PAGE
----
Many people are attracted to the magnificent looking but dangerous Giant Hogweed, also the subject of a post this month.  I was delighted when photographs from it were used in an educational video by the Hamilton County Soil and Water Conservation District (New York State).  Take heed of the messages if you come across the plant!

August: Travelling around the Cotswold Hills as I do every day in the course of my work you would think I would know most of what goes on there.  Nevertheless, I was surprised when I saw Tibetan flags fluttering in the breeze.  Further investigation found Alain Rouveure’s galleries and tea room.  Of course, I couldn’t leave until I’d tried out their lunch…

September:  Street fairs have been held for hundreds of years throughout England and Chipping Norton has an annual one that dates back to medieval charters.  Originally the time when livestock was sold and labour sought, these days they are purely held for pleasure.  Traffic has to be diverted around the town as the centre is blocked off by the rides and stalls.  Noisy, crowded and well lit they are great fun but I found  myself completely alone in darkness walking around it late one night.  It was an eerie experience, described here.

October:  The appearance of the secret valley was changed dramatically when the willow trees that line the banks of our little winding river were pollarded.  This dramatic ‘haircut’ is carried out only when necessary, the last time about fifteen years ago.  Suddenly, the view in the header of this blog has become wide open as every branch was removed leaving just the trunks standing.  The secret valley looks naked now but ‘new clothes’ will grow rapidly this coming spring.

November:  History isn’t just about learning dates of battles, the most interesting aspects are those that we can so easily relate to.  Yet so much of this is forgotten over time and it takes teams of dedicated people, often volunteers, to literally unearth it.  A now deserted and seemingly empty part of the Exmoor National Park was, one hundred and fifty years ago, teeming with people and was at the very forefront of Victorian technology.  It was quite extraordinary what these engineers achieved and their story featured in two posts which created much interest and comment.  They can be found by clicking here and here.

December:  The blogging year ended on a cuddly note – looking after two adorable but naughty beagle puppies.  If you are a dog lover there is nothing better than to be mauled by puppies.  If you’re not over-keen on dogs then you won’t understand the attraction!  You could try to find out, however, by clicking here.

So what’s going on in 2014?  Lots, hopefully. There is a new racehorse, more gardening, more travel, a lot more writing; it will be a busy year and how it pans out time – and this blog – will tell.

Thank you all so much for following my blog. Over one hundred thousand of you have looked at it since its inception which I find quite extraordinary and very humbling.  Please continue to do so and to tell all your blogging friends to come and pay me a visit, either on here or at my full website www.johnshortlandwriter.com .  I am also on Facebook and Twitter where daily updates can be found.  You are always very welcome to contact me with your comments or queries and I will do my best to answer them all.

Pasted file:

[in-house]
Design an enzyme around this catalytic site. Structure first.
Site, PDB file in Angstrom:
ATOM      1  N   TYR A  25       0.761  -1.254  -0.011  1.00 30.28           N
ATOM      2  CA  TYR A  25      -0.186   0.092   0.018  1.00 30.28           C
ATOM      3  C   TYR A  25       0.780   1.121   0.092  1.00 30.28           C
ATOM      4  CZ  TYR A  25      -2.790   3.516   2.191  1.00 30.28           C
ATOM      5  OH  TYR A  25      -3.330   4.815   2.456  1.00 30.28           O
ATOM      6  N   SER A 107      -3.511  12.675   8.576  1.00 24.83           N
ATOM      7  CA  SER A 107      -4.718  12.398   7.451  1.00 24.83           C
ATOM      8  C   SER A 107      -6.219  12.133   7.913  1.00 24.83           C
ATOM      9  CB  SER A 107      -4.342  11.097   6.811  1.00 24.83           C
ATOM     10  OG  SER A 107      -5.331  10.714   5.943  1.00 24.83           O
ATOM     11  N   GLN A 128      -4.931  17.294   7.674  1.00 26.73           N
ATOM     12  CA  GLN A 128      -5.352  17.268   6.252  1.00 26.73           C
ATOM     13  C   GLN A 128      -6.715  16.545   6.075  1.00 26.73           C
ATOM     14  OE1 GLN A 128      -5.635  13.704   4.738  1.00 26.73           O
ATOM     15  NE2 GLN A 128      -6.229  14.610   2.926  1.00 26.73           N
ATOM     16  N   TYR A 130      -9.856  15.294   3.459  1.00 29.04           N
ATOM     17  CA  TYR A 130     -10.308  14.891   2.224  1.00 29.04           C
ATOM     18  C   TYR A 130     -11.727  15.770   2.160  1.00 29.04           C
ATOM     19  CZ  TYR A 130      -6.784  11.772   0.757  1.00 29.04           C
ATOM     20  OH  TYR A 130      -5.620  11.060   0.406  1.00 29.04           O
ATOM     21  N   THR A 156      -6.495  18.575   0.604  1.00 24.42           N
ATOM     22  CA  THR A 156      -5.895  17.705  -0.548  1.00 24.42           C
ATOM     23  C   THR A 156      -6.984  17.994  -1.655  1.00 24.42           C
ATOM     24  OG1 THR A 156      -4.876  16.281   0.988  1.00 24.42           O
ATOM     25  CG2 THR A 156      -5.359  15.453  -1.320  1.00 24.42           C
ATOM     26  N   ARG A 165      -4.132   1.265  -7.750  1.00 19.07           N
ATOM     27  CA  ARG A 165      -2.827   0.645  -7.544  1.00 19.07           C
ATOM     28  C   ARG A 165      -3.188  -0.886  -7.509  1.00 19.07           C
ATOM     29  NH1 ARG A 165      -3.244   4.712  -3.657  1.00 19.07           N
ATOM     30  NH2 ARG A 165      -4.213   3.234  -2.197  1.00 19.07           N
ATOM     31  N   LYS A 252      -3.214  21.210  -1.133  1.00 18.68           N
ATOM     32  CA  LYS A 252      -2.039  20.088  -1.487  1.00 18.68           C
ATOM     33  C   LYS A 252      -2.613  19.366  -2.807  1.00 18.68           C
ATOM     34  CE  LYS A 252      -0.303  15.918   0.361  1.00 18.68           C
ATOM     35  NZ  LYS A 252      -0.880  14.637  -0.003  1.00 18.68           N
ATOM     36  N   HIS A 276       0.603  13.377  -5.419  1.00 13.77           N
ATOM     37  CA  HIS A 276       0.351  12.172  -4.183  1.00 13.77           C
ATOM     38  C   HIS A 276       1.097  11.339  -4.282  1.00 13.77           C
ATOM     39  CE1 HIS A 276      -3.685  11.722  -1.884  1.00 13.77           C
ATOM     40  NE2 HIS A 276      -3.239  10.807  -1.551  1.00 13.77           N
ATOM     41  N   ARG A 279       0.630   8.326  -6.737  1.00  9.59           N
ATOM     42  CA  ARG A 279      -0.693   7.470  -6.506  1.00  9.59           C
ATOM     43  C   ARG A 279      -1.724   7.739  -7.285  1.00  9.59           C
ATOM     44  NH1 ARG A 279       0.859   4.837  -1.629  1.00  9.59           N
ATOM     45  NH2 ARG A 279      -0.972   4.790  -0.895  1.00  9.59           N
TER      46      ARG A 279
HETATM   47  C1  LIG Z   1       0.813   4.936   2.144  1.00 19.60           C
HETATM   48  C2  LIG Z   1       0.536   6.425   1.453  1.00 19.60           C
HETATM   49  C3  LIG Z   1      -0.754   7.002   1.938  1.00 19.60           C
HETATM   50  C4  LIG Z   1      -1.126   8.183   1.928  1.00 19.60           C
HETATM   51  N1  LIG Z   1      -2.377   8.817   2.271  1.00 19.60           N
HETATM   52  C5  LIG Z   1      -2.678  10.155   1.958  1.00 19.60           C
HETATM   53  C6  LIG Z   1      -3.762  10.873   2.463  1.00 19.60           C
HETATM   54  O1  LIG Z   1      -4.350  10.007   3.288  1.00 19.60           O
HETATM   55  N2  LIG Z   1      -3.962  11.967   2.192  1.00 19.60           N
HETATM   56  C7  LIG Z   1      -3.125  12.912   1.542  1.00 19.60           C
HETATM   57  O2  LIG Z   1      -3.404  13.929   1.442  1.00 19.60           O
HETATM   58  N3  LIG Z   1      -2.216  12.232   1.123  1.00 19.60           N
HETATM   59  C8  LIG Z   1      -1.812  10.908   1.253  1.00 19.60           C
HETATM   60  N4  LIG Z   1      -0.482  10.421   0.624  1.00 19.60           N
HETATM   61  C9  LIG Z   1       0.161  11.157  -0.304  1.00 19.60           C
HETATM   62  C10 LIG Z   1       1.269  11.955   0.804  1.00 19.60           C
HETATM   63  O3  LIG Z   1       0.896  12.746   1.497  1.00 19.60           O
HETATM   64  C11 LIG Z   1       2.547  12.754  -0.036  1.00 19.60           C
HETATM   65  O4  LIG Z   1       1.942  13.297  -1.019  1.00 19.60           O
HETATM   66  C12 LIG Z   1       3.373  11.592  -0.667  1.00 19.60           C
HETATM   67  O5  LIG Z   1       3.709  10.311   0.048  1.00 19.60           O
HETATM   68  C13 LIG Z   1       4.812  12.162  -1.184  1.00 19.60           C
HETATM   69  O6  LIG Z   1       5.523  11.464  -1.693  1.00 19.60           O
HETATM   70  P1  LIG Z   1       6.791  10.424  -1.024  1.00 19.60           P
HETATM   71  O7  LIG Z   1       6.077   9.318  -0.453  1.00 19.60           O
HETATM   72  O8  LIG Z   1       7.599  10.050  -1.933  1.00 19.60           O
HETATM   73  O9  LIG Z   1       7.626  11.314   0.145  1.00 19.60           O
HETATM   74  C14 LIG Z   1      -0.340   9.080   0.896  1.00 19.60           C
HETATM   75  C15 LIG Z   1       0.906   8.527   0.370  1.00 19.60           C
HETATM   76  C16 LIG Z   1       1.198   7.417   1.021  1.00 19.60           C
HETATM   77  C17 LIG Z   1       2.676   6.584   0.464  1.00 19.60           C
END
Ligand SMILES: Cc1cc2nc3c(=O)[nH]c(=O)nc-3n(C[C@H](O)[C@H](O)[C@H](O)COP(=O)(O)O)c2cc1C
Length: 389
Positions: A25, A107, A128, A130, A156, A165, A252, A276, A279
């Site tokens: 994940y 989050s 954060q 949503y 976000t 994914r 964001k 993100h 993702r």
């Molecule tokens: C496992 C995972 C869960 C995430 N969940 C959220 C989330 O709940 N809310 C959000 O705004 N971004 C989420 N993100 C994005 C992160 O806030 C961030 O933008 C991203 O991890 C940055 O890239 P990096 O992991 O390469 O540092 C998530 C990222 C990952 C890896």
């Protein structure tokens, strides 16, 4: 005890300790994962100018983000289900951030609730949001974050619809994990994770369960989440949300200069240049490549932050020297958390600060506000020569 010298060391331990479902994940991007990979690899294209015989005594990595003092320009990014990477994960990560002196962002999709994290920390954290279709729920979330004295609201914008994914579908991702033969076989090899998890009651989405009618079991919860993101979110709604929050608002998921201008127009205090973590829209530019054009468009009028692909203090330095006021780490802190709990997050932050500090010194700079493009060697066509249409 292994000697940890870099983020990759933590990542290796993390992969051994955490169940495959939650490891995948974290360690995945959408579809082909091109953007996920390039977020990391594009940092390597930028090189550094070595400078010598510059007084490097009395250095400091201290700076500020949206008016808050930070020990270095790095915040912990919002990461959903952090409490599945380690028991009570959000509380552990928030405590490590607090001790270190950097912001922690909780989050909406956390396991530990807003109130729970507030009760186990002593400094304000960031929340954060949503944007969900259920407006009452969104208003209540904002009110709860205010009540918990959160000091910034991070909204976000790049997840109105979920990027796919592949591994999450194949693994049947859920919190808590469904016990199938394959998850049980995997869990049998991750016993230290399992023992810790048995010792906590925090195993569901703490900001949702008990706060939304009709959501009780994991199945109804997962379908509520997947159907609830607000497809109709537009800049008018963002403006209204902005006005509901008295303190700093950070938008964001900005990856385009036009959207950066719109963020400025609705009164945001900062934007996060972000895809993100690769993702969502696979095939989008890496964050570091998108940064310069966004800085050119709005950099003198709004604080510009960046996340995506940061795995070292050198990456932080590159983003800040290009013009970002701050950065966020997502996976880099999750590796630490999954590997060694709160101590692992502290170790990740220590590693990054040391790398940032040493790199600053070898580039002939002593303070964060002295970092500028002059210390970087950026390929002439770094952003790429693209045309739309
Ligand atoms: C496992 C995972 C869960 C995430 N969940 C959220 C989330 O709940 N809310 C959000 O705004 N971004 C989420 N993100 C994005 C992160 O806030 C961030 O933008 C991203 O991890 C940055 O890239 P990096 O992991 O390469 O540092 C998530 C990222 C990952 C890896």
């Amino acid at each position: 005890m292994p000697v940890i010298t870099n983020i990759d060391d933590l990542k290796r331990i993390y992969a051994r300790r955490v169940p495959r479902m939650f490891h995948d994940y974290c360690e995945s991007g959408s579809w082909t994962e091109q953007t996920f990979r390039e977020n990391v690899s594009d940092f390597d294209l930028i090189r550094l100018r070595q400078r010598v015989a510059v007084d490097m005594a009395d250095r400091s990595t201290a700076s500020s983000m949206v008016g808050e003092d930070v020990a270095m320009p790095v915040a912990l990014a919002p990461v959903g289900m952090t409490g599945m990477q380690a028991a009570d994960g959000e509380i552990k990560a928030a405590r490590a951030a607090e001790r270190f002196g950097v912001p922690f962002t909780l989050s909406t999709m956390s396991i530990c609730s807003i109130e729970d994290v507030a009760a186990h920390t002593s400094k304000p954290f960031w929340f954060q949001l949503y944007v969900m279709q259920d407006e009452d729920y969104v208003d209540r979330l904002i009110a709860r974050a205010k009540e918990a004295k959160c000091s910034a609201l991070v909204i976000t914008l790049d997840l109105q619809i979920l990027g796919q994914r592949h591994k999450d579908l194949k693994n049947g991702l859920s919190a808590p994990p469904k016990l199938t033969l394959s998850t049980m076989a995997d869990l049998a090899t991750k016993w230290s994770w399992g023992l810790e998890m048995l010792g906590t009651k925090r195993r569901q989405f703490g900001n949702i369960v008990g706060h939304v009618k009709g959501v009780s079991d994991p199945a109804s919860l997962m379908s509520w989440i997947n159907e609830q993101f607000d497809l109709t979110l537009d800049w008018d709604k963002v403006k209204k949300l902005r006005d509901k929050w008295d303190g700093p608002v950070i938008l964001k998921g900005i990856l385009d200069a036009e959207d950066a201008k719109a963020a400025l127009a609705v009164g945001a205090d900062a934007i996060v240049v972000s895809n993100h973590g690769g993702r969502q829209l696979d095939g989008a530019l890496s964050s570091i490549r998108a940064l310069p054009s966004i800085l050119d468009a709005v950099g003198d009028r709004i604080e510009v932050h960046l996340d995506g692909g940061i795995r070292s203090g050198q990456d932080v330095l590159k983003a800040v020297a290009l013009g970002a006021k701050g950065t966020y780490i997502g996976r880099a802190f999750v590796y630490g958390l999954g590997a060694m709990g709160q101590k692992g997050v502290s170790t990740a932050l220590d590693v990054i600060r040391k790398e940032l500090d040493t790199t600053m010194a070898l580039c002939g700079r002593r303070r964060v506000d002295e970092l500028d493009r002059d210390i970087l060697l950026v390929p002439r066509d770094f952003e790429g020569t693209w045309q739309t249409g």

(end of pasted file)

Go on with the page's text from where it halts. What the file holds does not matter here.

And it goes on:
Wishing you all a very happy and healthy New Year.

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A Year in Review 2013: The First Six Months

As I feared, once you reach a certain age, time flies by even quicker than before and that certainly has happened in 2013.  Where has the year gone?  The only consolation is that speaking with young people, they say the same thing.  Perhaps that is a rather sad reflection of modern living for I often found that the time didn’t go by quickly enough years ago!  Despite the year having gone by rapidly, it has been a great one with some excitement along the way.

January: it is rapidly becoming a tradition that each New Year’s Day some close friends and I go off exploring.  This usually includes a museum and food.  The year before it had been London with a visit to the National Portrait Gallery followed by afternoon tea at my favourite grocers, Fortnum & Mason.  This January it was to the city of Bath with its glorious abbey church where Edgar was crowned King of England in 973AD.  The church has the most exquisite vaulting – it is hard to believe that such fine tracery can be achieved by carving stone.  Bath, which is a World Heritage Site, is famous for its Roman Baths built about a thousand years earlier and which are open to visitors.  A great place to view them from are the Pump Rooms, the imaginary setting of Sheridan’s Georgian play, The Rivals.  It was here that we had our champagne tea.

February was a mixed month weather-wise in the secret valley and one post describes the rain lashing against the windows and the trees being thrown around by a winter gale.  Despite that the winter aconites were in full flower advertising the advance of spring and the wild birds were hanging onto the feeders for dear life.  Take away the aconites and we have a carbon copy day as I write this and, although there are no signs of spring yet, we are passing the shortest day which is always encouraging.

March was a strange month too with huge amounts of rain interspersed with wintry weather.  Even stranger was the affect it had upon the secret valley’s frog population.  I can only assume that it was because everything was so saturated that, instead of laying their spawn in the small lake that is visible from the cottage, they laid them instead upon the tops of nearby fence posts. They couldn’t possibly have survived there anyway but it was sad to see a few days later that they had turned black and ‘melted’ when a hard frost fell upon them.

April is the month of the Chipping Norton Literary Festival.  I have been on the committee since its inception and it has been gratifying to find that it has rapidly established a good reputation with authors, publishers and festival goers. One of the star attractions for 2013 was Sir Julian Fellowes of Downton Abbey fame.  Because it is a small festival in a small, country town the atmosphere is very relaxed and it is possible to meet the authors for book signings or just a chat as they stroll about ‘Chippy’.  This coming year the festival takes place from 24-27 April and tickets go on sale next month – check out the website for more details.